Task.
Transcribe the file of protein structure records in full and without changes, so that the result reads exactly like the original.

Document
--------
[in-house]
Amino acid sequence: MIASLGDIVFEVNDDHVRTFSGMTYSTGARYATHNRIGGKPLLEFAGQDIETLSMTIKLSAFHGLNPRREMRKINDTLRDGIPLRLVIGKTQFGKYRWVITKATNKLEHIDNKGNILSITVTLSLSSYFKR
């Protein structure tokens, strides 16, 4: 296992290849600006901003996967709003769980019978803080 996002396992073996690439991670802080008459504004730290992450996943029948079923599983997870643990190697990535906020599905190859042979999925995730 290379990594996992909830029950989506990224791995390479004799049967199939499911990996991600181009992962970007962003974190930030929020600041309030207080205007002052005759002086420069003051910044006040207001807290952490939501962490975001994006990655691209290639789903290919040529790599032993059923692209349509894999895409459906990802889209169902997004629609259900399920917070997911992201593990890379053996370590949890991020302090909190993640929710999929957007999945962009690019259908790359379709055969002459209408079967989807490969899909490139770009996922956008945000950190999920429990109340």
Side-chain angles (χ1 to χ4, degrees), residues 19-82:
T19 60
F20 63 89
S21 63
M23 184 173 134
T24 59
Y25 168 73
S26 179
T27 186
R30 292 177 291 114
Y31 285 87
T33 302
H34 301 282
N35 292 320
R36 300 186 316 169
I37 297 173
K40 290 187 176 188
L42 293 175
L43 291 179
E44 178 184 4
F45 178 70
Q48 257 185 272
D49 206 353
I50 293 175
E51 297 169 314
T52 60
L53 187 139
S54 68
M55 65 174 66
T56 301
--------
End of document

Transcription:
[in-house]
Amino acid sequence: MIASLGDIVFEVNDDHVRTFSGMTYSTGARYATHNRIGGKPLLEFAGQDIETLSMTIKLSAFHGLNPRREMRKINDTLRDGIPLRLVIGKTQFGKYRWVITKATNKLEHIDNKGNILSITVTLSLSSYFKR
């Protein structure tokens, strides 16, 4: 296992290849600006901003996967709003769980019978803080 996002396992073996690439991670802080008459504004730290992450996943029948079923599983997870643990190697990535906020599905190859042979999925995730 290379990594996992909830029950989506990224791995390479004799049967199939499911990996991600181009992962970007962003974190930030929020600041309030207080205007002052005759002086420069003051910044006040207001807290952490939501962490975001994006990655691209290639789903290919040529790599032993059923692209349509894999895409459906990802889209169902997004629609259900399920917070997911992201593990890379053996370590949890991020302090909190993640929710999929957007999945962009690019259908790359379709055969002459209408079967989807490969899909490139770009996922956008945000950190999920429990109340």
Side-chain angles (χ1 to χ4, degrees), residues 19-82:
T19 60
F20 63 89
S21 63
M23 184 173 134
T24 59
Y25 168 73
S26 179
T27 186
R30 292 177 291 114
Y31 285 87
T33 302
H34 301 282
N35 292 320
R36 300 186 316 169
I37 297 173
K40 290 187 176 188
L42 293 175
L43 291 179
E44 178 184 4
F45 178 70
Q48 257 185 272
D49 206 353
I50 293 175
E51 297 169 314
T52 60
L53 187 139
S54 68
M55 65 174 66
T56 301